Just when fashion was in grave danger of running out of trends, it only went and invented the non-trend. Rebecca Gonsalves investigates
    Dance’s new leading ladies fight back: How female vocalists are now writing their own hits

    New leading ladies of dance fight back

    How female vocalists are now writing their own hits
    Mystery of the Ground Zero wedding photo

    A shot in the dark

    Mystery of the wedding photo from Ground Zero
    His life, the universe and everything

    His life, the universe and everything

    New biography sheds light on comic genius of Douglas Adams
    Save us from small screen superheroes

    Save us from small screen superheroes

    Shows like Agents of S.H.I.E.L.D are little more than marketing tools
    Reach for the skies

    Reach for the skies

    From pools to football pitches, rooftop living is looking up
    These are the 12 best hotel spas in the UK

    12 best hotel spas in the UK

    Some hotels go all out on facilities; others stand out for the sheer quality of treatments
    These Iranian-controlled Shia militias used to specialise in killing American soldiers. Now they are fighting Isis, backed up by US airstrikes

    Widespread fear of Isis is producing strange bedfellows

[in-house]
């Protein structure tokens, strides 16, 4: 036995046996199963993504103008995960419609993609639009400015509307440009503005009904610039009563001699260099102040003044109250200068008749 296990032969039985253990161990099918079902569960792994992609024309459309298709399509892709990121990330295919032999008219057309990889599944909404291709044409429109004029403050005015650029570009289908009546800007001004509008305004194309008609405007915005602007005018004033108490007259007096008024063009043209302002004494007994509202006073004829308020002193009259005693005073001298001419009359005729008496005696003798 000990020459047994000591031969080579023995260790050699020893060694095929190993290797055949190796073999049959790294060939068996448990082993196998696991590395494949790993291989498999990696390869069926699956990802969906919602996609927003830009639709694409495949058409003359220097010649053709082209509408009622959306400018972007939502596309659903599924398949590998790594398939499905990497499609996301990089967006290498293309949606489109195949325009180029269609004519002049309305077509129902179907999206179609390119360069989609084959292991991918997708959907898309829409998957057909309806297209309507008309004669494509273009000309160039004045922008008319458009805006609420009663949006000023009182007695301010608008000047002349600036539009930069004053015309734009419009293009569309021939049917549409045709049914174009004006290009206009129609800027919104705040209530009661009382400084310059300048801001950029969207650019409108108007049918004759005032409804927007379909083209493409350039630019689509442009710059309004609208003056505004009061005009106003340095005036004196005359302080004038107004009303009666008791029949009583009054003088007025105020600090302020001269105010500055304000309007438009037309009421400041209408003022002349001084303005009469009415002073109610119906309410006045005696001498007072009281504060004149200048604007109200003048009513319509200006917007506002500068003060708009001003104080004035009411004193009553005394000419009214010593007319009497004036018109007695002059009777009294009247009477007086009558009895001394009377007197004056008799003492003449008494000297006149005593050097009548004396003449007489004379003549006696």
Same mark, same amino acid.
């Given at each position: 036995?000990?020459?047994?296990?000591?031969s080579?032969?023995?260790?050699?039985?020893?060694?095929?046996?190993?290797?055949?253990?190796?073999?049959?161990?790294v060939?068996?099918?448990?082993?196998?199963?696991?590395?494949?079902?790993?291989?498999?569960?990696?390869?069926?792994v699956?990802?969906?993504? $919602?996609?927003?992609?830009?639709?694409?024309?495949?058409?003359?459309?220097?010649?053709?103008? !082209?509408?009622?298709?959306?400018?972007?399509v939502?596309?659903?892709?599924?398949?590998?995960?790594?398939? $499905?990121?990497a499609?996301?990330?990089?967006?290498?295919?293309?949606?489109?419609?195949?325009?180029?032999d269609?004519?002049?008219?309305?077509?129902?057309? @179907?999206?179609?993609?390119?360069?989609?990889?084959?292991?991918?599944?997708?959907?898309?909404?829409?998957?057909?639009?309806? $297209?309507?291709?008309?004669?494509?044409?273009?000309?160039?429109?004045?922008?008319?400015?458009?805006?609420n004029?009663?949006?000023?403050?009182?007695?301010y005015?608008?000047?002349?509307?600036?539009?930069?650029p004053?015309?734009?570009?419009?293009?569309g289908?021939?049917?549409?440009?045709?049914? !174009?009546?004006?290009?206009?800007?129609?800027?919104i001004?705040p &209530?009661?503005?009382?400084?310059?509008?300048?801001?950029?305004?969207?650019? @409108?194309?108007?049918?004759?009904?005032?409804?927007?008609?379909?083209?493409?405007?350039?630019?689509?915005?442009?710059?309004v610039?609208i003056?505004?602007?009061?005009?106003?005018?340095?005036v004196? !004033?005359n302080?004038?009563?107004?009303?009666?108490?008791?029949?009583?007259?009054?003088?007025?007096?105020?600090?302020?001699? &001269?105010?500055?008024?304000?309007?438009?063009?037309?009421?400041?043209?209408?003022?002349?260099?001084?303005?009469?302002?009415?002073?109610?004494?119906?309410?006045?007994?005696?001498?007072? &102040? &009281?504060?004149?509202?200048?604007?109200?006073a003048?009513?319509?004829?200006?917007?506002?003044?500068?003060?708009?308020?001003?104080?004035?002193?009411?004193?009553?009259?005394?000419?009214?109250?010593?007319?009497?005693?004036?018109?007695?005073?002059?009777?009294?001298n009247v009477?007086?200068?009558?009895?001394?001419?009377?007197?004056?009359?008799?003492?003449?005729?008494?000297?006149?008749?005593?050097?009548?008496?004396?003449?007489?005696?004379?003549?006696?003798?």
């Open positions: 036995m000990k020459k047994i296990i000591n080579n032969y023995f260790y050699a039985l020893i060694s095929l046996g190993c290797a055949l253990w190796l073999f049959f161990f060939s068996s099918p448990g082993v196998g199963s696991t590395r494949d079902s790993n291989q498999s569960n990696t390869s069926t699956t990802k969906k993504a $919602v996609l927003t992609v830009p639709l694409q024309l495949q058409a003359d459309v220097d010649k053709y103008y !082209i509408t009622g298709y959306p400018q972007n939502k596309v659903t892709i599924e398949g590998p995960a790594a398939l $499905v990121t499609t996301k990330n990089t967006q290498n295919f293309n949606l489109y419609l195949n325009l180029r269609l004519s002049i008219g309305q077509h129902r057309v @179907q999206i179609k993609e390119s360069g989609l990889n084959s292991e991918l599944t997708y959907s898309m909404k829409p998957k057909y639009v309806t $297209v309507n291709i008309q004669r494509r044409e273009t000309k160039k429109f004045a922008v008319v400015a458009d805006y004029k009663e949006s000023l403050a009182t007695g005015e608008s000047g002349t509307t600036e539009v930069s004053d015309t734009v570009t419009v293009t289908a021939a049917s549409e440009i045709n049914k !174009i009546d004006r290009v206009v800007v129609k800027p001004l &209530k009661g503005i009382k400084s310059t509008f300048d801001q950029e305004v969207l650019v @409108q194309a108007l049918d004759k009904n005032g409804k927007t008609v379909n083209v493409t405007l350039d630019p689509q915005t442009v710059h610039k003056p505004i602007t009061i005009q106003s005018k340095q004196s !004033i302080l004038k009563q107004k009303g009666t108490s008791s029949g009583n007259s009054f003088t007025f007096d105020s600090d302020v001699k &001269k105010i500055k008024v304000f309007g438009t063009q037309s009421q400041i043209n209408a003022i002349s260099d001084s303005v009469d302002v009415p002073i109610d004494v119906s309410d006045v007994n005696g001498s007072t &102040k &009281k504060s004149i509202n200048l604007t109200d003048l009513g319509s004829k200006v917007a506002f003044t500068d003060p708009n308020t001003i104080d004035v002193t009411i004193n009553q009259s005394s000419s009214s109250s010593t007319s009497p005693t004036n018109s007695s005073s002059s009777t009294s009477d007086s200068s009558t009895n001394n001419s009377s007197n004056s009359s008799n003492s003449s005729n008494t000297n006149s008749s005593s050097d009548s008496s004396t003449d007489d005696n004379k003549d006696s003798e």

Iranian-controlled Shia militias that used to kill American soldiers are now fighting Isis, helped by US airstrikes
    Topshop goes part Athena poster, part last spring Prada

    Topshop goes part Athena poster, part last spring Prada

    Shoppers don't come to Topshop for the unique
    How to make a Lego masterpiece

    How to make a Lego masterpiece

    Toy breaks out of the nursery and heads for the gallery
    Meet the ‘Endies’ – city dwellers who are too poor to have fun

    Meet the ‘Endies’ – city dwellers who are too poor to have fun

    Urbanites are cursed with an acronym pointing to Employed but No Disposable Income or Savings
    Paisley’s decision to make peace with IRA enemies might remind the Arabs of Sadat

    Ian Paisley’s decision to make peace with his IRA enemies

    His Save Ulster from Sodomy campaign would surely have been supported by many a Sunni imam